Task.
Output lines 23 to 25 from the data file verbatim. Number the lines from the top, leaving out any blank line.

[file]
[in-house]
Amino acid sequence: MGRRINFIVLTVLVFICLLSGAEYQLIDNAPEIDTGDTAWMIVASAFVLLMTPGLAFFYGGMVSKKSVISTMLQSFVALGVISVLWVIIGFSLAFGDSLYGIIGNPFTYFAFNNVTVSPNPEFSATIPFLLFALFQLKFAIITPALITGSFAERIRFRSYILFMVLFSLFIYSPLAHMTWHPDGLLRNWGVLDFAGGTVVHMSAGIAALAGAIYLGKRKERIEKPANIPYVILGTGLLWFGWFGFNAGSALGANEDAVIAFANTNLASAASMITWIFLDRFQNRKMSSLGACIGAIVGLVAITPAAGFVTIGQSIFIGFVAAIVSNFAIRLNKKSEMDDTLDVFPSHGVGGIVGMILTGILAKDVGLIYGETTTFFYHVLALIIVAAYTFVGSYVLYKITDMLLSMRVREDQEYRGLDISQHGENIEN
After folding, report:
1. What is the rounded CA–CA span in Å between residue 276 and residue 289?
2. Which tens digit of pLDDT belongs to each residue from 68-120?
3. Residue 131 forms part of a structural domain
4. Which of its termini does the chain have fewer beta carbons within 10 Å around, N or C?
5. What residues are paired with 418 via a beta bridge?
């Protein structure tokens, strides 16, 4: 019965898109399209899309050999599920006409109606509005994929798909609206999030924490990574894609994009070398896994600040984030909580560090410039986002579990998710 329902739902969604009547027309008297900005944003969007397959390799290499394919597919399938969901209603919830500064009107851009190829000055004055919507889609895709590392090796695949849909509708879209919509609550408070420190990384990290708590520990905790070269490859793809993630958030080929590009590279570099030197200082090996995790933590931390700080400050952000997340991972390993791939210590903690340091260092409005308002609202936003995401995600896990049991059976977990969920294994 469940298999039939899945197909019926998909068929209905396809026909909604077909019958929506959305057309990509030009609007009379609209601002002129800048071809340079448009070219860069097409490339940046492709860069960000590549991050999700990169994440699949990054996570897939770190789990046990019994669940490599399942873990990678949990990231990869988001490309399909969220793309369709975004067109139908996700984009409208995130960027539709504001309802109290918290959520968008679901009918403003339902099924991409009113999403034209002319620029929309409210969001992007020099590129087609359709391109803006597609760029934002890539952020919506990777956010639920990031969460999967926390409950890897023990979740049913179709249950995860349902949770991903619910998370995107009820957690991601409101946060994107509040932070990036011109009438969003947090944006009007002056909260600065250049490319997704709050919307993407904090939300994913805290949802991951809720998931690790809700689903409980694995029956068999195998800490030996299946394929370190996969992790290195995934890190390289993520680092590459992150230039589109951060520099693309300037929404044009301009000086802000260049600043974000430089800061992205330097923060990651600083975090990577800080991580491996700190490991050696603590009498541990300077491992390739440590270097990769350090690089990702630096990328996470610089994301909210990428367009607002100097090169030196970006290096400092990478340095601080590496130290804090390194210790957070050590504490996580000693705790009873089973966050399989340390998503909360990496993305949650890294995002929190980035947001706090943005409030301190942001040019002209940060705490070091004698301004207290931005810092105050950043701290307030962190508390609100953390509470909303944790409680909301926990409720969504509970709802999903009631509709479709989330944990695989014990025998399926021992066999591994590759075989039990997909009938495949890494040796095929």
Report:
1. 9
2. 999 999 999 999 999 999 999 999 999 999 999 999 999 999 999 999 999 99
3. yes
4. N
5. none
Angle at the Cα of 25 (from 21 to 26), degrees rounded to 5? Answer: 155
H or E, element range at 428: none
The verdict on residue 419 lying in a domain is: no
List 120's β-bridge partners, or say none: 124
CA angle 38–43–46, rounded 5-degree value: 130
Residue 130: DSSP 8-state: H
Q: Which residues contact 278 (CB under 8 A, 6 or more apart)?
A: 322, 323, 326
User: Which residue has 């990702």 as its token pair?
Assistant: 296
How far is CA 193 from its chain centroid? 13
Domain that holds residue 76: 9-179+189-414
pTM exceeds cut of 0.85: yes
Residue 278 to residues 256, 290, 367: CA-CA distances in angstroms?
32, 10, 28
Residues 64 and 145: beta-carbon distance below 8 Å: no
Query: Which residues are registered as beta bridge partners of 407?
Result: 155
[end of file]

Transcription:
A: 322, 323, 326
User: Which residue has 């990702």 as its token pair?
Assistant: 296